Tuesday, January 19, 2016

IRD: Chastity creates a right to discriminate

Rick Plasterer, a staff writer at the Institute on Religion and Democracy, writes “Chastity: An Inseparable Part of Religious Freedom and Liberty of Conscience.” According to Plasterer humanity rightly “restricts sexual activity to that in the marriage of man and woman.” The objective of this orthodoxy is something more than religious purity in accordance with conservative Christian values. Mr. Plasterer is interested in discouraging LGBT non-discrimination laws.

Editing the concept of religious freedom is precisely the objective of homosexual activist groups … The passion against conscience protections for sexual morality then was carried over into the proposed Equality Act, which covers, at a national level, all areas civil rights deals with: employment, housing, and the supply of goods and services. The goal of this sadly misnamed bill is certainly not full equality before the law, which everyone has, but immunity from adverse judgment in personal behavior, which no one else has. Unlike race and the natural sexes of male and female, which have immutable characteristics, or even religion, which to the law of the state is a matter of affiliation, homosexual identity is based on nothing more than personal behavior. As this writer has argued, only race is truly superficial, and thus an irrational, unjust basis for discrimination. But to forbid discrimination against personal behavior really amounts to the state decreeing what morality is acceptable for the American people. The goal here is obviously not merely the already achieved goal of the legal practice of homosexuality and having homosexual acts and relationships regarded as equal in law (which they certainly are not in biology), but social acceptance of homosexuality by all of society, so that homosexuals will not experience condemnation in personal life.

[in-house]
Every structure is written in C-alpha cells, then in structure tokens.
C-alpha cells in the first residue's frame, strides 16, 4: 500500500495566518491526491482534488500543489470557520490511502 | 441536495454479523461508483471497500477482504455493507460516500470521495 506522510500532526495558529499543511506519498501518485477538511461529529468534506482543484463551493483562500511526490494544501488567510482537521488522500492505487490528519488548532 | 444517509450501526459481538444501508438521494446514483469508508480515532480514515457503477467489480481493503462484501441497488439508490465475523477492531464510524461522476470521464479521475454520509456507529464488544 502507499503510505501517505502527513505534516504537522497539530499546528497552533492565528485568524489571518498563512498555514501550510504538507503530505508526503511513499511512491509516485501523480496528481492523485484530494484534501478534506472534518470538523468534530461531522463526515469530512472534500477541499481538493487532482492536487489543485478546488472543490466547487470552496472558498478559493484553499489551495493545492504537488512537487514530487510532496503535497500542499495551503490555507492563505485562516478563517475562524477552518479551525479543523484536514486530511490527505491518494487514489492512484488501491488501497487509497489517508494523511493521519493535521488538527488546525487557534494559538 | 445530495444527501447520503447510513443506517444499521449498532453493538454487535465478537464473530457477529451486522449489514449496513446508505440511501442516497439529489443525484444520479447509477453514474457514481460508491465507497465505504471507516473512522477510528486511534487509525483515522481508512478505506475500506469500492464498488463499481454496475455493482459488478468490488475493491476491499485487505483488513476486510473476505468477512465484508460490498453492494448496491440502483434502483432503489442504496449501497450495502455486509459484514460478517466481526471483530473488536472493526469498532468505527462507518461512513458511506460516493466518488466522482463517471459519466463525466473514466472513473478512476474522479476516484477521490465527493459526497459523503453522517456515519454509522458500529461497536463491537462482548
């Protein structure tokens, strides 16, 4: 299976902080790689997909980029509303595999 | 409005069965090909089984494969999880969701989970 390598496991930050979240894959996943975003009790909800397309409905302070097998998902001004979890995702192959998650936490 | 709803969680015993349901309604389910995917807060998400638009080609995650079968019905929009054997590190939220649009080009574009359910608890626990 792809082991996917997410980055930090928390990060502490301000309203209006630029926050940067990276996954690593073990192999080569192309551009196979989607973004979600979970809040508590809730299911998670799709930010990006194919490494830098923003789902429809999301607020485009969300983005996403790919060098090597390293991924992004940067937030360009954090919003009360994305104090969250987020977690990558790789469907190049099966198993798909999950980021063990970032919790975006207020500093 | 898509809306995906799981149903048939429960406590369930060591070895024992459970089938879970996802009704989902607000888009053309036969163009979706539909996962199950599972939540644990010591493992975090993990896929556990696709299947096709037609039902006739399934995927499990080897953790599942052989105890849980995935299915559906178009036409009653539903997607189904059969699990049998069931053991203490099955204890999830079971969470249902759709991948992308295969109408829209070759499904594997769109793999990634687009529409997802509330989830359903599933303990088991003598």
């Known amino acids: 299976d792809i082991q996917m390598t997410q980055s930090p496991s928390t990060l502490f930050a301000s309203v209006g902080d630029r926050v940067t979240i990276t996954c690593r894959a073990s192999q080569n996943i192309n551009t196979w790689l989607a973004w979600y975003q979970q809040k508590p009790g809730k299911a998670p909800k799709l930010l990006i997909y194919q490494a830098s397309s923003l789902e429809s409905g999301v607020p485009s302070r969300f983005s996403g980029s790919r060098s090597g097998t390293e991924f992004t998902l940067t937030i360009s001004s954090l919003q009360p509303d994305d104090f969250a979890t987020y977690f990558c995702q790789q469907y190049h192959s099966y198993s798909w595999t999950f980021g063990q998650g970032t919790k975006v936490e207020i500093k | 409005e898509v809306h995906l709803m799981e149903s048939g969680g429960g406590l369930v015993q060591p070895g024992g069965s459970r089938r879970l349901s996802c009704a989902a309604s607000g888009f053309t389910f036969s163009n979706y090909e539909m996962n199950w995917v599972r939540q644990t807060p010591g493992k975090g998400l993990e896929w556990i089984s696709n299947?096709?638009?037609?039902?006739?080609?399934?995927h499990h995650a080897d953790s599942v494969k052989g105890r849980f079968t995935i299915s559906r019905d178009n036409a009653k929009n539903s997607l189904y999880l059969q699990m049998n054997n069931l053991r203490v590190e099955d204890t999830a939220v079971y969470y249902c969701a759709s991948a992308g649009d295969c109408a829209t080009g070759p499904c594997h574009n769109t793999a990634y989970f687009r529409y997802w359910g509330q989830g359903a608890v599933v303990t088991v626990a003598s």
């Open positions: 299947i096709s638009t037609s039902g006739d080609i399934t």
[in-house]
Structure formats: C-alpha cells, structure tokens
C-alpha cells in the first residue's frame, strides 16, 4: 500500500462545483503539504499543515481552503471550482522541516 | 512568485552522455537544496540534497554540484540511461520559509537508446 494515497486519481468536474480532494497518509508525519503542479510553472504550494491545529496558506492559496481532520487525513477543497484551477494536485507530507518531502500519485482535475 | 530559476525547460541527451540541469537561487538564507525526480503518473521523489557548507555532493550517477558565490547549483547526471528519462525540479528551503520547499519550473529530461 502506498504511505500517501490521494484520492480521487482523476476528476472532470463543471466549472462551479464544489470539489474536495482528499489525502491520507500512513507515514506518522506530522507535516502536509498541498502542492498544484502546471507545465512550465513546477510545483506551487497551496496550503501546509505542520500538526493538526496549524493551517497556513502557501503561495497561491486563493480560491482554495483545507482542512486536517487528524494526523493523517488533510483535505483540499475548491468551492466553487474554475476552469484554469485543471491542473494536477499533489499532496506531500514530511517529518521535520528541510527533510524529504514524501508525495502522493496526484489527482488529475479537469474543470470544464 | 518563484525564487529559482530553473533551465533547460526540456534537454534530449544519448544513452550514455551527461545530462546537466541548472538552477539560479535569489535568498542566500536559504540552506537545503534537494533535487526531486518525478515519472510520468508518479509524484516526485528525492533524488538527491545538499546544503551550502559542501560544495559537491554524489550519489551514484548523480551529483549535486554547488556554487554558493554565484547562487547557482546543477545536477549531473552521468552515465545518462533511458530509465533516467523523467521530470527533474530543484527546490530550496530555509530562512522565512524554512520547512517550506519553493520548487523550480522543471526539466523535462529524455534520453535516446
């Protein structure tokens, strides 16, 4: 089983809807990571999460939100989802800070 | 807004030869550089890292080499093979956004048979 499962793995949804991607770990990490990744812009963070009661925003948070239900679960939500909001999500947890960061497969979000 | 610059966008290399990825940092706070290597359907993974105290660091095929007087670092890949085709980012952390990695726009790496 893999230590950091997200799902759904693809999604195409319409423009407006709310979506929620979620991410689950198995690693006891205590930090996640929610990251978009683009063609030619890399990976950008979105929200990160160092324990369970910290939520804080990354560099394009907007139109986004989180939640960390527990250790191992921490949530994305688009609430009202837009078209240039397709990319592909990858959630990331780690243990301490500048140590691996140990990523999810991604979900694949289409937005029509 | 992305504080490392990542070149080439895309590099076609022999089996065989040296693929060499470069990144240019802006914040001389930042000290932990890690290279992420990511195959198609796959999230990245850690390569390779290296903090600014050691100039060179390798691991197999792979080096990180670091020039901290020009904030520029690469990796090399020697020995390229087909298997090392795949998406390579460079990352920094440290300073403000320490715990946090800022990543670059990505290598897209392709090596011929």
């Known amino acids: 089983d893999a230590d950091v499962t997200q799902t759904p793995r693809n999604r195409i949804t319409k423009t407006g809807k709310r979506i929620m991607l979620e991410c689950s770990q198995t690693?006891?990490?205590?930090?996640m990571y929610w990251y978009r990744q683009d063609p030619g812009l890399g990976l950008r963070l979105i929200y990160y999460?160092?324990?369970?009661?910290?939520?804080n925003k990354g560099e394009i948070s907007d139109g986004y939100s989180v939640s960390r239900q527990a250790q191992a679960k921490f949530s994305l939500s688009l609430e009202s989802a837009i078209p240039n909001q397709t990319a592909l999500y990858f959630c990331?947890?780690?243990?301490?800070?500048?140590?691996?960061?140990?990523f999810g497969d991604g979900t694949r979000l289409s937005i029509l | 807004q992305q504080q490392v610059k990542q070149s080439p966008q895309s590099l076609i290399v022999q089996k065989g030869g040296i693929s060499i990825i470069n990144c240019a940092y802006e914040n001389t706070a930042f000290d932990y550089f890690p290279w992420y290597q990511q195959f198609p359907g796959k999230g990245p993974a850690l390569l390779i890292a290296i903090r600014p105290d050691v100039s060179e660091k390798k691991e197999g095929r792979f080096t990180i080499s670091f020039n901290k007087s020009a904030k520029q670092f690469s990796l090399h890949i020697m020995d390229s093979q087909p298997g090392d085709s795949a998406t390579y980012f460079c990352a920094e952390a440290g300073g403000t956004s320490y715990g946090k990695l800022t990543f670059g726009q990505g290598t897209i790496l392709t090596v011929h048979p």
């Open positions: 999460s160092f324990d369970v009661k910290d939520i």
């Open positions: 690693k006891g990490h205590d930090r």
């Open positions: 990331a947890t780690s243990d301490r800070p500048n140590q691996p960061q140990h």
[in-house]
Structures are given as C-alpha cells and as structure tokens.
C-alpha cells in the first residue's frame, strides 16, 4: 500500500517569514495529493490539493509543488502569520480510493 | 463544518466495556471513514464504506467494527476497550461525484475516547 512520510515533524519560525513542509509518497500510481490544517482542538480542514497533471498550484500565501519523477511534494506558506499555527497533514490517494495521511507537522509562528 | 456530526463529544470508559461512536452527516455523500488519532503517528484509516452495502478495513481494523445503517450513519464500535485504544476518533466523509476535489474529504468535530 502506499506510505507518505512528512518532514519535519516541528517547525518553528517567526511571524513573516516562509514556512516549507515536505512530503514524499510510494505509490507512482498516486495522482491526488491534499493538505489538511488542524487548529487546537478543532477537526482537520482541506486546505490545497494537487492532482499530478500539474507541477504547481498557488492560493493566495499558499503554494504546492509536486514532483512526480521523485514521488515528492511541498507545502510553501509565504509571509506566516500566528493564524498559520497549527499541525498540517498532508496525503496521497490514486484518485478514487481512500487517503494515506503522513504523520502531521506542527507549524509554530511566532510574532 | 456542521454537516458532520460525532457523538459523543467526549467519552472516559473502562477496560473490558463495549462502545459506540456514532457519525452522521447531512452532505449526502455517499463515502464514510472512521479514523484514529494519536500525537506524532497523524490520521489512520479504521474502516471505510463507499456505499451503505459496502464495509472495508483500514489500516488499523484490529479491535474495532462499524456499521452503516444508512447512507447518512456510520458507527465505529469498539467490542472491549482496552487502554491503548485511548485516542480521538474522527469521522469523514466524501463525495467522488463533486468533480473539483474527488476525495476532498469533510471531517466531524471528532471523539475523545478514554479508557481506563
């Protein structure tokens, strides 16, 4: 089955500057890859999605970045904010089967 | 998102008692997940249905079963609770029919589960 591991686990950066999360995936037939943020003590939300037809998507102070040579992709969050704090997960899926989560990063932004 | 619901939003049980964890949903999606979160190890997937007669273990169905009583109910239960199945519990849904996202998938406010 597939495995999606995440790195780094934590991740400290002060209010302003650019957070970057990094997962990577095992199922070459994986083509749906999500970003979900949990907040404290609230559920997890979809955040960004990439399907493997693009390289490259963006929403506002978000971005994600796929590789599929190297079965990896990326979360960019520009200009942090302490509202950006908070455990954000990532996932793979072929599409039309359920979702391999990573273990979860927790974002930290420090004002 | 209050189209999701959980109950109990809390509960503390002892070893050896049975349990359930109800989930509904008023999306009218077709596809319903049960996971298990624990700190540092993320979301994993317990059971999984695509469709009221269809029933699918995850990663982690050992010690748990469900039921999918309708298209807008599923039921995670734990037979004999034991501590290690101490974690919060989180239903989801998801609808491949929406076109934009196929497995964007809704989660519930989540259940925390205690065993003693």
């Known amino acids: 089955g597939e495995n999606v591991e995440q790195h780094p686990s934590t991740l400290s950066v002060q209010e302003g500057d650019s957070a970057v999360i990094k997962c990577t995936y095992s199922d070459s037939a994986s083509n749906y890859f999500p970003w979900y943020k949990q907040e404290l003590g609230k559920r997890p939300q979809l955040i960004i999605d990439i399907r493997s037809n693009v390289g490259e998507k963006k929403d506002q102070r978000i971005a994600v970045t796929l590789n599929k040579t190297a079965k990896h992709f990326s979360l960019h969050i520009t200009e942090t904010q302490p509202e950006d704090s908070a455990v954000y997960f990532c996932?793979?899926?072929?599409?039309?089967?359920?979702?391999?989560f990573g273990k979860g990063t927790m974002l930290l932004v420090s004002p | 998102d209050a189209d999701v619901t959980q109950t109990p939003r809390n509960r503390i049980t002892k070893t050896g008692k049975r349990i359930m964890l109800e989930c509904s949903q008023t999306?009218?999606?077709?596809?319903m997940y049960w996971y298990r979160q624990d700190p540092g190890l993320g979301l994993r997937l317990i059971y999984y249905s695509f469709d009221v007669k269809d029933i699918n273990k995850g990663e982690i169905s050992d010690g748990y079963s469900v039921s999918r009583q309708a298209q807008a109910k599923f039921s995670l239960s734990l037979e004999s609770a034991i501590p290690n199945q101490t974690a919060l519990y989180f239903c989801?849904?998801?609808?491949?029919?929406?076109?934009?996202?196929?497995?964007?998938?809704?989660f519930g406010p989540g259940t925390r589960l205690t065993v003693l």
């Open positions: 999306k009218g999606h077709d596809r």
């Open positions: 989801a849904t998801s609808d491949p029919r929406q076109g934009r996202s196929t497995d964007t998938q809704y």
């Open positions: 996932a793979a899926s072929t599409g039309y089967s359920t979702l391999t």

This is the “special rights” argument in a nutshell. It requires one to subscribe to the idea that sexual orientation doesn't really exist. Rather, there is same-sex attraction which is a temptation to engage in bad behavior that people can resist. Plaster has omitted the customary comparison to drug and alcohol abuse. He further argues that religion, although not immutable, deserves [special]  protections because it is a matter of affiliation. 

This entire argument goes up in smoke when one's thinking conforms to the science — and common sense. The following organizations assert that sexual orientation is innate and that efforts to change sexual orientation are ineffective and possibly harmful:
  • American Academy of Pediatrics
  • American Counseling Association
  • American Association of School Administrators
  • American Federation of Teachers
  • American Medical Association
  • American Psychological Association
  • American Psychiatric Association
  • American School Health Association
  • American Sociological Association
  • Interfaith Alliance Foundation
  • National Association of School Psychologists
  • National Association of Social Workers
  • National Education Association
Who to believe. Mr. Plasterer or the American Medical Association and the American Academy of Pediatrics?  The reasons that Plasterer asserts that sexual orientation is just a behavior are two-fold:
  1. It attempts to conform social and medical science to conservative religious belief and;
  2. It facilitates the preposterous argument that Plaster makes to somehow affirm a right to discriminate.
In practical terms it provides an employer with the religious right to insist that his employees are chaste. Since, according to Plasterer, that is impossible for gay people because their marriages don't count, the employer has the right to discriminate against gay people.

Thank you Mr. Plasterer!

You have voiced precisely why such protections are necessary in employment, housing and public accommodations.

IRD is a conservative Christian organization with orthodox Catholic roots. Its considerable influence and 19 member board of directors outsizes its $1 million annual budget. During calendar year 2013, IRD employed 17 people and had 10 independent contractors.

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